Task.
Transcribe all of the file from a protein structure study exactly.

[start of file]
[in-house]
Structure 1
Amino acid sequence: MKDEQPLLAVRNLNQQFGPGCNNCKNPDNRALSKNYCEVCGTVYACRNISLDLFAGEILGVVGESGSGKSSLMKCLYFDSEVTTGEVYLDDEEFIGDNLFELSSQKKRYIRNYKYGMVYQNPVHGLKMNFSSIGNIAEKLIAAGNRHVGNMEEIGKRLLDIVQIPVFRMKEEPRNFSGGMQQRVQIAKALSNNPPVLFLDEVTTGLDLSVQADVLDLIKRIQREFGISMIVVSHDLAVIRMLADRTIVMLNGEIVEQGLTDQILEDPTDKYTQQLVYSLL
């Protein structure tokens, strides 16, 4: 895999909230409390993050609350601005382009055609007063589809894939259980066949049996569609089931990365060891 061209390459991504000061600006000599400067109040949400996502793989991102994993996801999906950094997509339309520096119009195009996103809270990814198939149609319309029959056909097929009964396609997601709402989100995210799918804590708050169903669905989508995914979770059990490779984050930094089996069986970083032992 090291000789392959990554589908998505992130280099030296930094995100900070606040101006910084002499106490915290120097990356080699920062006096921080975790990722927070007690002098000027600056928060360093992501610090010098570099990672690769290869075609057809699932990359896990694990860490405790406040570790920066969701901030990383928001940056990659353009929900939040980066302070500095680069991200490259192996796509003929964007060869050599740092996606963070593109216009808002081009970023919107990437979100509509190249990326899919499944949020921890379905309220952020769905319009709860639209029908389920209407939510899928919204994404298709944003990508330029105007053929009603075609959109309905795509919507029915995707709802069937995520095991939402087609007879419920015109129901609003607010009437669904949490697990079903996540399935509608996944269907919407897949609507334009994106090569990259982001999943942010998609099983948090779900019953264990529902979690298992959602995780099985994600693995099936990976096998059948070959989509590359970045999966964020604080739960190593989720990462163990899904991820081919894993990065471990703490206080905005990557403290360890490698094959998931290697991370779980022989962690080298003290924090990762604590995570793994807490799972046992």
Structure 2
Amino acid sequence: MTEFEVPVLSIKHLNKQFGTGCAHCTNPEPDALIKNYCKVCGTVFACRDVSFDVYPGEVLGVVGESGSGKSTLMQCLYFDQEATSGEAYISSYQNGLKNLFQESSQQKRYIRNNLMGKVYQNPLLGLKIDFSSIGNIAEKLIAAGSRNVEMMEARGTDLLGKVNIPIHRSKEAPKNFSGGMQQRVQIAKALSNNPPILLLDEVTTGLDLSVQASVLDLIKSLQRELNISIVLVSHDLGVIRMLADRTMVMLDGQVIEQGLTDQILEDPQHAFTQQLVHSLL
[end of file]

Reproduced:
[in-house]
Structure 1
Amino acid sequence: MKDEQPLLAVRNLNQQFGPGCNNCKNPDNRALSKNYCEVCGTVYACRNISLDLFAGEILGVVGESGSGKSSLMKCLYFDSEVTTGEVYLDDEEFIGDNLFELSSQKKRYIRNYKYGMVYQNPVHGLKMNFSSIGNIAEKLIAAGNRHVGNMEEIGKRLLDIVQIPVFRMKEEPRNFSGGMQQRVQIAKALSNNPPVLFLDEVTTGLDLSVQADVLDLIKRIQREFGISMIVVSHDLAVIRMLADRTIVMLNGEIVEQGLTDQILEDPTDKYTQQLVYSLL
């Protein structure tokens, strides 16, 4: 895999909230409390993050609350601005382009055609007063589809894939259980066949049996569609089931990365060891 061209390459991504000061600006000599400067109040949400996502793989991102994993996801999906950094997509339309520096119009195009996103809270990814198939149609319309029959056909097929009964396609997601709402989100995210799918804590708050169903669905989508995914979770059990490779984050930094089996069986970083032992 090291000789392959990554589908998505992130280099030296930094995100900070606040101006910084002499106490915290120097990356080699920062006096921080975790990722927070007690002098000027600056928060360093992501610090010098570099990672690769290869075609057809699932990359896990694990860490405790406040570790920066969701901030990383928001940056990659353009929900939040980066302070500095680069991200490259192996796509003929964007060869050599740092996606963070593109216009808002081009970023919107990437979100509509190249990326899919499944949020921890379905309220952020769905319009709860639209029908389920209407939510899928919204994404298709944003990508330029105007053929009603075609959109309905795509919507029915995707709802069937995520095991939402087609007879419920015109129901609003607010009437669904949490697990079903996540399935509608996944269907919407897949609507334009994106090569990259982001999943942010998609099983948090779900019953264990529902979690298992959602995780099985994600693995099936990976096998059948070959989509590359970045999966964020604080739960190593989720990462163990899904991820081919894993990065471990703490206080905005990557403290360890490698094959998931290697991370779980022989962690080298003290924090990762604590995570793994807490799972046992």
Structure 2
Amino acid sequence: MTEFEVPVLSIKHLNKQFGTGCAHCTNPEPDALIKNYCKVCGTVFACRDVSFDVYPGEVLGVVGESGSGKSTLMQCLYFDQEATSGEAYISSYQNGLKNLFQESSQQKRYIRNNLMGKVYQNPLLGLKIDFSSIGNIAEKLIAAGSRNVEMMEARGTDLLGKVNIPIHRSKEAPKNFSGGMQQRVQIAKALSNNPPILLLDEVTTGLDLSVQASVLDLIKSLQRELNISIVLVSHDLGVIRMLADRTMVMLDGQVIEQGLTDQILEDPQHAFTQQLVHSLL